Skip to main content

Traceroute vs. tracepath: What's the difference?

Learn the differences between these two important network troubleshooting commands and when you should use traceroute or tracepath.
Image
Networking basics

Network troubleshooting almost always begins with ping. Ping tells you if the path is there; in other words, whether packets can travel from the local system to a remote node. The traceroute and tracepath utilities tell you what the path is—how the packets are getting from here to there.

The traceroute command has been around for a very long time, and it's a powerful tool. However, the tracepath utility receives a lot of attention. How are they different?

Most documentation simply states that tracepath does not require root privileges to run, and traceroute does (or some traceroute options require root). But what's the real difference, why might root be needed, and which tool should you select?

What is traceroute?

The power of the traceroute command lies in its flexibility and ability to initiate custom network tests using various protocols. In fact, traceroute can directly manipulate network packets—and there's the problem. Doing so requires root privileges because malformed or malicious packets are a danger to the network.

The traceroute command can also send Transmission Control Protocol (TCP), User Datagram Protocol (UDP), and Internet Control Message Protocol (ICMP) packets. In theory, ICMP packets could be part of a DDoS attack and are therefore restricted. It can also pass IPv4 or IPv6 packets.

These features make traceroute more robust than tracepath, but at the cost of sometimes requiring root authentication.

Other traceroute features rely on the sockets API, which does not need root privileges. In other words, standard users may be able to use the traceroute command, but if they try anything too complex, they'll be challenged for credentials.

[ Free cheat sheet: Get a list of Linux utilities and commands for managing servers and networks. ]

traceroute's syntax is straightforward; just issue the command and point it to an IP address or name (assuming name resolution is in place):

$ traceroute 192.168.1.101

However, more advanced features require the use of sudo:

$ sudo traceroute [-OPTIONS] 192.168.1.101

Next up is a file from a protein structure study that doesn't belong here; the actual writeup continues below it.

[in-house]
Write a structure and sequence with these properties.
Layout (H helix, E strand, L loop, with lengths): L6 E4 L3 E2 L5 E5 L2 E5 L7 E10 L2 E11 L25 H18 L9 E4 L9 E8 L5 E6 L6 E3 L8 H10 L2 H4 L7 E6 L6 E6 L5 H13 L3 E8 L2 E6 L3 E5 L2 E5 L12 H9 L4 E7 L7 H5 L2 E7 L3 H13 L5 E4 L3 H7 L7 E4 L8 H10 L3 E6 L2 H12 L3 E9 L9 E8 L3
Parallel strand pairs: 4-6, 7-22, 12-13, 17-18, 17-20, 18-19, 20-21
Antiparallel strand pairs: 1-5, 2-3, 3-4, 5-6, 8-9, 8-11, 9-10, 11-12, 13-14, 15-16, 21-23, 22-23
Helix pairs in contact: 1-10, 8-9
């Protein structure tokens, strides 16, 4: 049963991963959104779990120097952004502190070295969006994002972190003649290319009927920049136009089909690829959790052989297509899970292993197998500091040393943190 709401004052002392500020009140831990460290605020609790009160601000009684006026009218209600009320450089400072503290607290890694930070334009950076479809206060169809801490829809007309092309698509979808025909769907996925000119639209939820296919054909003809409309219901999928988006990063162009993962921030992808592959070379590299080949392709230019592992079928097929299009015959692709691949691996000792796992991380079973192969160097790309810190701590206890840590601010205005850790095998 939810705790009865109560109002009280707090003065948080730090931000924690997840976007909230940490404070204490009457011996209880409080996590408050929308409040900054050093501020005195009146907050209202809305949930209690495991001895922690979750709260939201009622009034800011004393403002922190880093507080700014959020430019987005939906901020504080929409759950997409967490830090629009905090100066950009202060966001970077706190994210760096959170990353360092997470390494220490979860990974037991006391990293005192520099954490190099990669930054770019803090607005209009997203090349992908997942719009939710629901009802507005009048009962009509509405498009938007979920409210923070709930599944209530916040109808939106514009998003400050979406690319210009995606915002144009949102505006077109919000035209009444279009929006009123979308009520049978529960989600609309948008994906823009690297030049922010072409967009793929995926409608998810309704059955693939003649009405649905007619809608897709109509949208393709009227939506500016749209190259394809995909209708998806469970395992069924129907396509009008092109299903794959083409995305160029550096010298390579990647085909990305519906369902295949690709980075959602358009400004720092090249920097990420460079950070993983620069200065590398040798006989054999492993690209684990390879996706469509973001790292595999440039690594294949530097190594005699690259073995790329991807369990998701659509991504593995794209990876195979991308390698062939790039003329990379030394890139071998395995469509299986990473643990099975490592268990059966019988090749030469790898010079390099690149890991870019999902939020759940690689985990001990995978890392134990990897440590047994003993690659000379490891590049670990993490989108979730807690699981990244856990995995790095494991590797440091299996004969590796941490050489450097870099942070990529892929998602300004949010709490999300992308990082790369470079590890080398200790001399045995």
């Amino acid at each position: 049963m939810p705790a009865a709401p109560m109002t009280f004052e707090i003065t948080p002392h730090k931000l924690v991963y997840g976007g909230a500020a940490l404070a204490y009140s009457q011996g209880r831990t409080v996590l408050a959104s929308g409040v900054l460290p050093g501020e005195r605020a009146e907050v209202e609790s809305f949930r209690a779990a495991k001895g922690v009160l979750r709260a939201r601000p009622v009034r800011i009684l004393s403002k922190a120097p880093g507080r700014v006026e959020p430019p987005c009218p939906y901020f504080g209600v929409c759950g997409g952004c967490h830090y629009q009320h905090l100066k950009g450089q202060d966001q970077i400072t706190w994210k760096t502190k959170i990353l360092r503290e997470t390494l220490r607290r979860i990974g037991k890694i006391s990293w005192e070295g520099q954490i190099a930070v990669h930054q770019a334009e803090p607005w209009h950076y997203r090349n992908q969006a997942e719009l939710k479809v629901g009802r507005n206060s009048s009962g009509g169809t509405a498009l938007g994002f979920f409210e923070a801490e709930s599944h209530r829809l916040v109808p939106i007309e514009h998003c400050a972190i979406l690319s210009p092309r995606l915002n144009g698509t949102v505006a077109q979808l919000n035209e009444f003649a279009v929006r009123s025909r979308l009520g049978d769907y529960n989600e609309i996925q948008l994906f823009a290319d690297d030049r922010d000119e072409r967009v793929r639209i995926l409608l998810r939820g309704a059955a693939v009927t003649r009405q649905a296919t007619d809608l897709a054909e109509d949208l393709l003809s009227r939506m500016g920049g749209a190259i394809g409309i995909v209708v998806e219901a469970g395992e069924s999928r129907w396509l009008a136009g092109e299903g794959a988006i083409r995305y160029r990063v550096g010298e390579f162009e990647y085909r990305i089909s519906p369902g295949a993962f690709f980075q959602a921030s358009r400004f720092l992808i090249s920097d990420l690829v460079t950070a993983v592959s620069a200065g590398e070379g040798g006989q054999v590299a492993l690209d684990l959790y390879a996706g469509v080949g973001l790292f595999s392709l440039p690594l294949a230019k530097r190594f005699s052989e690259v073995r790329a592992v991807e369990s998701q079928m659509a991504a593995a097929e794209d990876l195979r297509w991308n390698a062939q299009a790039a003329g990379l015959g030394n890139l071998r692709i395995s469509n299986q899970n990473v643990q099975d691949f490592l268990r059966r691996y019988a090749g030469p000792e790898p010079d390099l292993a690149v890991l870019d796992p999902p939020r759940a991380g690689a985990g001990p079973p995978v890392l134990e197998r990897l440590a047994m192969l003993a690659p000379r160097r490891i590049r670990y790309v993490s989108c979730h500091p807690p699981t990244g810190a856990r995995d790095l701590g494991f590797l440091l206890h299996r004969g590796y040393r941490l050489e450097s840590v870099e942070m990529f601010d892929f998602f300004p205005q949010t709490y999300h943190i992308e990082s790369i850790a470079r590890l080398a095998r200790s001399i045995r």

How to interpret traceroute's output

The first column in traceroute's output is the hop number (hops refer to the router). If it takes five hops to get to the destination, there will be five lines in the output. The second column is the resolved name or IP address of the router traceroute is passing through. The final group of three columns are round-trip times (RTT) from the host to the router, and they're tested three times.

What is tracepath?

The tracepath tool lacks the more advanced features of its fellow application. More specifically, its features rely only on the sockets API, use UDP, and cannot manipulate packets. It does not require root privileges and is a great option for gathering basic network information. In most troubleshooting scenarios, tracepath should provide plenty of capability. Like traceroute, tracepath relies on the -6 option to send IPv6 packets exclusively.

The tracepath syntax is simple. For a basic trace to server01 on a remote segment, type:

$ tracepath server01

There are a few interesting tracepath options. To set a specific initial destination port, type:

$ tracepath -p 8080 server01

Or to define the maximum number of hops, run:

$ tracepath -m 42 server01

Finally, to disable name resolution for the hosts along the path, enter:

$ tracepath -n server01

How to interpret tracepath's output

The first column is the hop number. The second column displays the router's resolved name or IP address. The final column shows the RTT (only once, whereas traceroute tested with three packets). The output also displays Message Transfer Unit (MTU) size.

Wrap up

I've found that most uses of network tracing are pretty straightforward and don't require the advanced features that traceroute offers. Therefore, tracepath is probably good enough for most instances.

It's nice to be able to send a network troubleshooter to a workstation to check network connectivity without granting root privileges. I suggest getting in the habit of using tracepath most of the time and showing your fellow Linux users and basic network techs its simplicity.

Check out these related articles on Enable Sysadmin

Topics:   Networking   Troubleshooting  
Author’s photo

Damon Garn

Damon Garn owns Cogspinner Coaction, LLC, a technical writing, editing, and IT project company based in Colorado Springs, CO. Damon authored many CompTIA Official Instructor and Student Guides (Linux+, Cloud+, Cloud Essentials+, Server+) and developed a broad library of interactive, scored labs. He regularly contributes to Enable Sysadmin, SearchNetworking, and CompTIA article repositories. Damon has 20 years of experience as a technical trainer covering Linux, Windows Server, and security content. He is a former sysadmin for US Figure Skating. He lives in Colorado Springs with his family and is a writer, musician, and amateur genealogist. More about me

Red Hat Summit 2022: On Demand

Get the latest on Ansible, Red Hat Enterprise Linux, OpenShift, and more from our virtual event on demand.

Related Content

OUR BEST CONTENT, DELIVERED TO YOUR INBOX